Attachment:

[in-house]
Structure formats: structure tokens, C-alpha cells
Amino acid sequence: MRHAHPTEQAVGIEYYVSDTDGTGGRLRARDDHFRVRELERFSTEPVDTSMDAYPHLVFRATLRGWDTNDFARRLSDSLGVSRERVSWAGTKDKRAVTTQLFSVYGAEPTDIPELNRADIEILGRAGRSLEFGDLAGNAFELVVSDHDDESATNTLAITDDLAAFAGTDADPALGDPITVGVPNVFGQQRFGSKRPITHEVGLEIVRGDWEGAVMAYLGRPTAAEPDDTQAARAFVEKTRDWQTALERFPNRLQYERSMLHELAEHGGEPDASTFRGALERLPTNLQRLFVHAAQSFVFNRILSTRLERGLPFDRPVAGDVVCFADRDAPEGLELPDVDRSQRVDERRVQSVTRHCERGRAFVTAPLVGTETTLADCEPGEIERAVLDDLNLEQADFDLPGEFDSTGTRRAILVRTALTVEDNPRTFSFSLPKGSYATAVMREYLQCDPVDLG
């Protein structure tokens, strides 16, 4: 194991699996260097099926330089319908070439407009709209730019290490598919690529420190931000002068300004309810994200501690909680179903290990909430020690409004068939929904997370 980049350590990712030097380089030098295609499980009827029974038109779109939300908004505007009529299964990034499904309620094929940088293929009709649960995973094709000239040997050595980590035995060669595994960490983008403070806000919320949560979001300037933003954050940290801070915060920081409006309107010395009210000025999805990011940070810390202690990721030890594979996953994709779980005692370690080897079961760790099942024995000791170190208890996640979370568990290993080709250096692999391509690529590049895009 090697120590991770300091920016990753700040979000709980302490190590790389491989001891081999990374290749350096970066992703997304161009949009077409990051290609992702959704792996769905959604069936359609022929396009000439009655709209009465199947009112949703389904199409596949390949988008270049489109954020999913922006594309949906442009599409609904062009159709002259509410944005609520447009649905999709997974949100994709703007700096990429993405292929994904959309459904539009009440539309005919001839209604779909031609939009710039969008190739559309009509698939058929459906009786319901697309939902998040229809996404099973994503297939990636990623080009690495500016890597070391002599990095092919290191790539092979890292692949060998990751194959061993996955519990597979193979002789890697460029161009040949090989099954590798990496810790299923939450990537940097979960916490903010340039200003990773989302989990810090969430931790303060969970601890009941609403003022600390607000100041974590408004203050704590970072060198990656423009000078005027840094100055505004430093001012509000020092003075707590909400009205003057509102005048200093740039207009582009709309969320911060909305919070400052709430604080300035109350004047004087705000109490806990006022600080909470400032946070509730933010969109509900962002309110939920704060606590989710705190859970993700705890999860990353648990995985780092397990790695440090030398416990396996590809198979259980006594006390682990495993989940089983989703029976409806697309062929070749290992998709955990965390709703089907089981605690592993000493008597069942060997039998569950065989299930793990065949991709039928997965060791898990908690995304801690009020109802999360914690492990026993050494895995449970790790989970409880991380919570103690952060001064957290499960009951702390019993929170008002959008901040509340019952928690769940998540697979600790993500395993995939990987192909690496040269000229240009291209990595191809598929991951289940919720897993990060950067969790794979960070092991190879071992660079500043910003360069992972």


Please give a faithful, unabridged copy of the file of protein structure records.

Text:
[in-house]
Structure formats: structure tokens, C-alpha cells
Amino acid sequence: MRHAHPTEQAVGIEYYVSDTDGTGGRLRARDDHFRVRELERFSTEPVDTSMDAYPHLVFRATLRGWDTNDFARRLSDSLGVSRERVSWAGTKDKRAVTTQLFSVYGAEPTDIPELNRADIEILGRAGRSLEFGDLAGNAFELVVSDHDDESATNTLAITDDLAAFAGTDADPALGDPITVGVPNVFGQQRFGSKRPITHEVGLEIVRGDWEGAVMAYLGRPTAAEPDDTQAARAFVEKTRDWQTALERFPNRLQYERSMLHELAEHGGEPDASTFRGALERLPTNLQRLFVHAAQSFVFNRILSTRLERGLPFDRPVAGDVVCFADRDAPEGLELPDVDRSQRVDERRVQSVTRHCERGRAFVTAPLVGTETTLADCEPGEIERAVLDDLNLEQADFDLPGEFDSTGTRRAILVRTALTVEDNPRTFSFSLPKGSYATAVMREYLQCDPVDLG
């Protein structure tokens, strides 16, 4: 194991699996260097099926330089319908070439407009709209730019290490598919690529420190931000002068300004309810994200501690909680179903290990909430020690409004068939929904997370 980049350590990712030097380089030098295609499980009827029974038109779109939300908004505007009529299964990034499904309620094929940088293929009709649960995973094709000239040997050595980590035995060669595994960490983008403070806000919320949560979001300037933003954050940290801070915060920081409006309107010395009210000025999805990011940070810390202690990721030890594979996953994709779980005692370690080897079961760790099942024995000791170190208890996640979370568990290993080709250096692999391509690529590049895009 090697120590991770300091920016990753700040979000709980302490190590790389491989001891081999990374290749350096970066992703997304161009949009077409990051290609992702959704792996769905959604069936359609022929396009000439009655709209009465199947009112949703389904199409596949390949988008270049489109954020999913922006594309949906442009599409609904062009159709002259509410944005609520447009649905999709997974949100994709703007700096990429993405292929994904959309459904539009009440539309005919001839209604779909031609939009710039969008190739559309009509698939058929459906009786319901697309939902998040229809996404099973994503297939990636990623080009690495500016890597070391002599990095092919290191790539092979890292692949060998990751194959061993996955519990597979193979002789890697460029161009040949090989099954590798990496810790299923939450990537940097979960916490903010340039200003990773989302989990810090969430931790303060969970601890009941609403003022600390607000100041974590408004203050704590970072060198990656423009000078005027840094100055505004430093001012509000020092003075707590909400009205003057509102005048200093740039207009582009709309969320911060909305919070400052709430604080300035109350004047004087705000109490806990006022600080909470400032946070509730933010969109509900962002309110939920704060606590989710705190859970993700705890999860990353648990995985780092397990790695440090030398416990396996590809198979259980006594006390682990495993989940089983989703029976409806697309062929070749290992998709955990965390709703089907089981605690592993000493008597069942060997039998569950065989299930793990065949991709039928997965060791898990908690995304801690009020109802999360914690492990026993050494895995449970790790989970409880991380919570103690952060001064957290499960009951702390019993929170008002959008901040509340019952928690769940998540697979600790993500395993995939990987192909690496040269000229240009291209990595191809598929991951289940919720897993990060950067969790794979960070092991190879071992660079500043910003360069992972």